Mapping the Human Vocal Folds in High Resolution

Mapping the Human Vocal Folds in High Resolution

For a number of reasons, it can be challenging to analyze problems in the human vocal folds. Now, a new high-resolution imaging technology, combined with access to fresh healthy tissue, is giving Benjamin Laitman, MD, PhD, an effective way to analyze them.

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Investigating the mechanisms that drive phenomena such as scarring and wound regeneration in the vocal folds is of interest to Benjamin Laitman, MD, PhD. But accessing healthy tissue for analysis can often be difficult.

“It is a very delicate structure, so you don’t want to biopsy it and risk damage,” says Dr. Laitman, an otolaryngology resident at The Mount Sinai Hospital. “You typically do not remove any of it unless it is already diseased.”

Obtaining healthy vocal folds from cadavers, he adds, is also challenging because there are often delays in harvesting, and healthy tissue typically is not taken at autopsy. However, a new technology, combined with access to fresh healthy tissue, is helping Dr. Laitman gain insight into the vocal folds without having to rely on traditional methods.

“We are using tissue that would otherwise go to waste to conduct high-level genetic sequencing to understand which cells are present in the vocal folds,” he says.

Using Cell-by-Cell Sequencing Technology to Map the Vocal Folds in High Resolution

Using tissue resected from patients who have undergone pitch elevation surgery—tissue that would otherwise be discarded—Dr. Laitman is collaborating with the Genomics Core Facility at the Icahn School of Medicine at Mount Sinai to create a high-resolution map of the human vocal folds. He is achieving this goal with 10x Genomics’ single-cell RNA-seq (scRNA-seq) technology, which enables researchers to analyze transcriptomes—the full range of messenger RNA molecules expressed by an organism—on a cell-by-cell basis using microfluidic partitioning to capture individual cells.

“This technology gives us a much higher-resolution look at what is going on genetically as opposed to a bulk RNA sequencing approach,” he says. “Through cell-by-cell sequencing, we are developing a baseline map of the vocal folds that we can use as a basis for comparison when looking at diseased tissue, be that benign disease, cancer, or scarring.”

The effort, which began earlier this year with a grant from the American Laryngological Association, is one of the first-ever attempts to map the vocal folds using this technology. It is an undertaking that has gained urgency in the wake of the pandemic, which resulted in many patients being intubated for management of COVID-19-related acute respiratory failure, putting them at risk for developing life-altering complications.

“Intubation can impact everything from how the patient’s voice sounds to their ability to breathe and swallow,” Dr. Laitman says. “Even before the pandemic, there was a big push to understand the dynamics of wound healing and scar formation in the airways to address those risks. Although we have some understanding of the cells regulating that process, we need a more comprehensive picture.”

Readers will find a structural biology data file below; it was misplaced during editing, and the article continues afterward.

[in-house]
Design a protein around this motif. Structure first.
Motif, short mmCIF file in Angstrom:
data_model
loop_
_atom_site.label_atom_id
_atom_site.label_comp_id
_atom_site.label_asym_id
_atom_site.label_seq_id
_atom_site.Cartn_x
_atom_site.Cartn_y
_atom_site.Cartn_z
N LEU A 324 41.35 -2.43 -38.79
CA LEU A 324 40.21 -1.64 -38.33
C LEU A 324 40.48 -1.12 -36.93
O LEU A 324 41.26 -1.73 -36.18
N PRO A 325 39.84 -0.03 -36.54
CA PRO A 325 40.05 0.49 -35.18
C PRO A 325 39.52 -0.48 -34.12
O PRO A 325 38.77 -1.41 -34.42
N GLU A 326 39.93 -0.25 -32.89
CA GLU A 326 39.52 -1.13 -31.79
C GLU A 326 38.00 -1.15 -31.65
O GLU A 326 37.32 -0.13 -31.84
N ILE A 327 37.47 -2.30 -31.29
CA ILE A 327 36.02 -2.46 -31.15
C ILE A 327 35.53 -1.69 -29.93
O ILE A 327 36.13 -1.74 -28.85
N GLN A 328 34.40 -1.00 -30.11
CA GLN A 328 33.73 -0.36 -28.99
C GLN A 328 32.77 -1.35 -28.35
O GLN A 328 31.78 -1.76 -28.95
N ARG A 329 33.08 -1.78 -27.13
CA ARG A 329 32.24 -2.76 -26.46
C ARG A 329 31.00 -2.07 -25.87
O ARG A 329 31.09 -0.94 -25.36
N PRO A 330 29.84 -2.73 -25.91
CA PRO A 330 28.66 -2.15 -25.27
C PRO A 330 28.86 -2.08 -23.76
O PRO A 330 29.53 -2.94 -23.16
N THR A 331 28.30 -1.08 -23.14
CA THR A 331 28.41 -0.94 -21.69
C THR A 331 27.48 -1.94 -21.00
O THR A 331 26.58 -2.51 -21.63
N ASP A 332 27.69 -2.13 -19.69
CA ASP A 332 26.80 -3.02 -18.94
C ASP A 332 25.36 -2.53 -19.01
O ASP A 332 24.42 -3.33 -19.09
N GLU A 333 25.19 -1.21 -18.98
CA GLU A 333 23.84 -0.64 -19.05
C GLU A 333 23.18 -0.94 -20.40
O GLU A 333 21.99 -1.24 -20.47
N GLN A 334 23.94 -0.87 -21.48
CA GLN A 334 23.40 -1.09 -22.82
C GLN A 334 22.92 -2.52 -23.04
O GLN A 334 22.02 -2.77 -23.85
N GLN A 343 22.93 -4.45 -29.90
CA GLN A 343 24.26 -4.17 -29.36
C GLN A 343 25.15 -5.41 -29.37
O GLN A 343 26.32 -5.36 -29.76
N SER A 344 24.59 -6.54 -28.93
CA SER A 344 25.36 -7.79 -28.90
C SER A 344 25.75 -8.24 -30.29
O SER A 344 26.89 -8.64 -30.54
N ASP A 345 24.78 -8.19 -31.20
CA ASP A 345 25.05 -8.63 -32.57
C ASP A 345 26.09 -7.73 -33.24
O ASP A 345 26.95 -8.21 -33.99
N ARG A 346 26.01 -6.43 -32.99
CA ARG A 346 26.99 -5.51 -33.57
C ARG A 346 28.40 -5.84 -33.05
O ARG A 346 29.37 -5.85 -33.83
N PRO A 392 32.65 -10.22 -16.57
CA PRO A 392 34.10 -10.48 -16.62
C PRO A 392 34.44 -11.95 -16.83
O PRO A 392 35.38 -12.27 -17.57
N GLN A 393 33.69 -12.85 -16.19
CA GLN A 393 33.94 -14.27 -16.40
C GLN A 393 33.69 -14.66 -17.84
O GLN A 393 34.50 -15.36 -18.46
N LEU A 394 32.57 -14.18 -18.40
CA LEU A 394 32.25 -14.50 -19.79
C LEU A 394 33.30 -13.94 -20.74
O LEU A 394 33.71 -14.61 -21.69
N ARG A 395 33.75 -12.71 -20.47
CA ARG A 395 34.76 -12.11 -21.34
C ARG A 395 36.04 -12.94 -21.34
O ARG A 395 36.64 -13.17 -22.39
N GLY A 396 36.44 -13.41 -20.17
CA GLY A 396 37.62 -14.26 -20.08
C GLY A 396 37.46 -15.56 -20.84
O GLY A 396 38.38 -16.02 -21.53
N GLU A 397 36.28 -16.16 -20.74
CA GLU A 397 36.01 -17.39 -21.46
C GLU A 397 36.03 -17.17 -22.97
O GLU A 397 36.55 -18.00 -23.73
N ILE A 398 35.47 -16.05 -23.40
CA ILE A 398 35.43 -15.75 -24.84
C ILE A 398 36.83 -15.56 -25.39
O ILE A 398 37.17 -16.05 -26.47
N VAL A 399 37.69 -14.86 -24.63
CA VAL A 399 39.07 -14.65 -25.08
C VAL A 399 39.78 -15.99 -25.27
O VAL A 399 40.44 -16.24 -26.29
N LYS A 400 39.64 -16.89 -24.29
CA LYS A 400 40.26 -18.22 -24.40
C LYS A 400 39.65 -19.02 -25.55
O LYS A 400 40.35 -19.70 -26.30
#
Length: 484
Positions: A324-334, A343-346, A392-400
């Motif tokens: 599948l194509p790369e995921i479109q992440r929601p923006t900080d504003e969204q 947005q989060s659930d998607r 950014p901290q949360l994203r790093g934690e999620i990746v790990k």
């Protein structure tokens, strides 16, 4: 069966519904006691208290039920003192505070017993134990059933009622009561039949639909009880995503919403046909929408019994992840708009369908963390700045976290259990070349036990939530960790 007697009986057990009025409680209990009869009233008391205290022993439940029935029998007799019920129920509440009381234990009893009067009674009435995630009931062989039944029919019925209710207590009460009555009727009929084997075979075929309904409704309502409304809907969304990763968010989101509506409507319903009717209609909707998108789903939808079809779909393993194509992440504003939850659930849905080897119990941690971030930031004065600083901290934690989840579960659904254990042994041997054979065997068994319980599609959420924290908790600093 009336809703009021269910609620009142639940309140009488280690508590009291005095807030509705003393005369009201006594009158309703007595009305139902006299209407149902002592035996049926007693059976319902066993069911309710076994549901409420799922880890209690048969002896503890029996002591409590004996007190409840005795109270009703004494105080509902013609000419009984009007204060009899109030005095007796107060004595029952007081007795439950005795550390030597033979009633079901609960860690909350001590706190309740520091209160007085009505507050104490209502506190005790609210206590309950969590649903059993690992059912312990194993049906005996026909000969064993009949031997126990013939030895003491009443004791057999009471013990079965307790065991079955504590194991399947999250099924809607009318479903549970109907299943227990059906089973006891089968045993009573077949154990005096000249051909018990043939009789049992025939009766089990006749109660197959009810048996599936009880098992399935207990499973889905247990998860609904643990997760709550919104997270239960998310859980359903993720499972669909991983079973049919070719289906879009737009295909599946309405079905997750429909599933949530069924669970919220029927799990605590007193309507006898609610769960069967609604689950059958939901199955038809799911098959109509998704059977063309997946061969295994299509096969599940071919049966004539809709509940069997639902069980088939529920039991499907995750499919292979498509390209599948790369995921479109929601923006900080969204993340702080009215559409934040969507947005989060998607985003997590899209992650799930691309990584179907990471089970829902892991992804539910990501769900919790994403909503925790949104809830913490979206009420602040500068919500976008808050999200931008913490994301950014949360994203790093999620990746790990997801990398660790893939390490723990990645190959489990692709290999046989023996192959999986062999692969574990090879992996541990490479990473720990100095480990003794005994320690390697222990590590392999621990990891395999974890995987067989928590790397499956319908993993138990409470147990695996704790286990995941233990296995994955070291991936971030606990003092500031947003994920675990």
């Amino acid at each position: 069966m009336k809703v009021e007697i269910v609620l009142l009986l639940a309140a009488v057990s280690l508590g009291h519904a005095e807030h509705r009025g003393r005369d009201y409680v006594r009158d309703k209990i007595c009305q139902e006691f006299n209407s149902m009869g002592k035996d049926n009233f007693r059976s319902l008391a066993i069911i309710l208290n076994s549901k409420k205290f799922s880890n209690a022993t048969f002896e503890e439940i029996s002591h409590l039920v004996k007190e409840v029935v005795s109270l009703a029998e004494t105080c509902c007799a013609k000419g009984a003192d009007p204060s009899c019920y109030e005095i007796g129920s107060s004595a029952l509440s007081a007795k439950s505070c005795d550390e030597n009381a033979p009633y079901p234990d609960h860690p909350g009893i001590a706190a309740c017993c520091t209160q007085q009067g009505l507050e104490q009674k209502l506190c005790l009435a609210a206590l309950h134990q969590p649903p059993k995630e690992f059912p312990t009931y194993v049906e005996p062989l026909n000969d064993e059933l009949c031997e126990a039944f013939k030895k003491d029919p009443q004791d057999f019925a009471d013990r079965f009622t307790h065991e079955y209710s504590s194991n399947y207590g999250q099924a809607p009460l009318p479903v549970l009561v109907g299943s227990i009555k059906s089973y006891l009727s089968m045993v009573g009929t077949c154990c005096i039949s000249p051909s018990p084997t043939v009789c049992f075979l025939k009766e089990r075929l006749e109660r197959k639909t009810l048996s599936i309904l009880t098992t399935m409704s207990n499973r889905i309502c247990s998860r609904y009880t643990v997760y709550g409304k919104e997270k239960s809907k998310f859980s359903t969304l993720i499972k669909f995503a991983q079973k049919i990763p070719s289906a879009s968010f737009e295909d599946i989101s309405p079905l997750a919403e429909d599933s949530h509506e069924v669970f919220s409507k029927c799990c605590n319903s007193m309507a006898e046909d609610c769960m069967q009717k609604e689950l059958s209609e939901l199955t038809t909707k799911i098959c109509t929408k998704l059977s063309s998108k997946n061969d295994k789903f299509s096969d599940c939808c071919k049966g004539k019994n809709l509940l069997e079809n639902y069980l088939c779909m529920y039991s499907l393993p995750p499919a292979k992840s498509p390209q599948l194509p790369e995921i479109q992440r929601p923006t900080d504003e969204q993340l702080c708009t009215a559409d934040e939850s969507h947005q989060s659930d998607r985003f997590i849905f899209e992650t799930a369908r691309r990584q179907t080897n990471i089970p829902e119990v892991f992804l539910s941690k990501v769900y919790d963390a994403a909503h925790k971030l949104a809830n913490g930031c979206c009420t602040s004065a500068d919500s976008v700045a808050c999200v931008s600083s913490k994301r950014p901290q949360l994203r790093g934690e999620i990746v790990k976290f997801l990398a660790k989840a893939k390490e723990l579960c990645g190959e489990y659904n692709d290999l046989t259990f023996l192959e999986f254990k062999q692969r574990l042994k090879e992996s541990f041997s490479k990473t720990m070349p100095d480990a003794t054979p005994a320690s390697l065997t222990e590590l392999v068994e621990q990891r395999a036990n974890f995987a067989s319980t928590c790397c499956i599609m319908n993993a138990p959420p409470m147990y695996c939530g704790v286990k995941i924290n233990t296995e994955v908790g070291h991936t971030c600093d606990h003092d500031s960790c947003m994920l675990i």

Advances in technology, such as single-cell sequencing, are delivering those insights, enabling Dr. Laitman to explore the types of cells that are present in the vocal folds to a degree that was not previously possible. More importantly, it creates opportunities for potentially co-opting those cells in ways that benefit the patient.

“For example, if we identify certain types of fibroblasts that are usually involved in scarring, we could possibly block those while potentially stimulating others that promote wound generation,” he says.

Mapping Disease-State Samples

But there is considerable work to do before such benefits can be realized. Dr. Laitman and the team have sequenced a set of five samples, effectively mapping out one region of the vocal folds. Any findings as to the drivers of wound regeneration or scarring in this region may not be applicable to the other regions of the vocal folds. Thus, the goal is to complete the atlas of the vocal folds so that Dr. Laitman can begin what he characterizes as the most interesting and important step in his research: mapping disease-state samples.

“The sequencing technology has advanced to the point where we can use previously banked, paraffin-embedded samples and not only achieve high-resolution single-cell data, but also spatial sequencing data where we can put the genes in context to map them out,” Dr. Laitman says. “We can then compare the healthy- and disease-state maps, zero in on the cells at play in the disease state, and see both the differences in the cells and the genetic pathways that are activated. That would facilitate the identification and development of therapeutic agents to address these differences.”

For now, Dr. Laitman has the foundation for what he believes will be a hypothesis-generating resource that will be invaluable for Mount Sinai and other academic medical centers. “I am really excited about what could emerge from the work we are doing,” he says.


Benjamin Laitman, MD, PhD

Benjamin Laitman, MD, PhD

Otolaryngology Resident, The Mount Sinai Hospital